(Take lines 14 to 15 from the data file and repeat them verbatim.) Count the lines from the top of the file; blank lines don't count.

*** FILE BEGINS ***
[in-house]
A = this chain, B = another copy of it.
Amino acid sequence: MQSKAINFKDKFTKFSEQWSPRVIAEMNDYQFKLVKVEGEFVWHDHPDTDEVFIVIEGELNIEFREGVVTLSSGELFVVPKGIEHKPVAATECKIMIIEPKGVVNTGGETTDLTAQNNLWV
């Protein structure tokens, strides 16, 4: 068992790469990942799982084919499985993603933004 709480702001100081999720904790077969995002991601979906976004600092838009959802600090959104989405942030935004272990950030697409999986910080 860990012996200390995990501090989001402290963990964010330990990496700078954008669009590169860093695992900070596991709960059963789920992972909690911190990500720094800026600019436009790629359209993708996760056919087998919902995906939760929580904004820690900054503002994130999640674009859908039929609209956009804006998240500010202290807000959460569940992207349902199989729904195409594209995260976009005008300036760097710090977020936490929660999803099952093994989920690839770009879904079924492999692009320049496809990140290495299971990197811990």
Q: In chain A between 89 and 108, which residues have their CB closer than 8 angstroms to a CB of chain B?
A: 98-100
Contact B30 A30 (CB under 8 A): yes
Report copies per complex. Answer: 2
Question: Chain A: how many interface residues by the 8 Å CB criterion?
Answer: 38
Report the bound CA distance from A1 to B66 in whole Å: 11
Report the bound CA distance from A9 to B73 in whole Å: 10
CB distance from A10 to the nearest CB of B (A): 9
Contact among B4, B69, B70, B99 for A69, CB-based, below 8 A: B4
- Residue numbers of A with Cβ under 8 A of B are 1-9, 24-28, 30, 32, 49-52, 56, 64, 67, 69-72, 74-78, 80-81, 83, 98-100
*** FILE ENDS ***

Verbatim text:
Contact among B4, B69, B70, B99 for A69, CB-based, below 8 A: B4
- Residue numbers of A with Cβ under 8 A of B are 1-9, 24-28, 30, 32, 49-52, 56, 64, 67, 69-72, 74-78, 80-81, 83, 98-100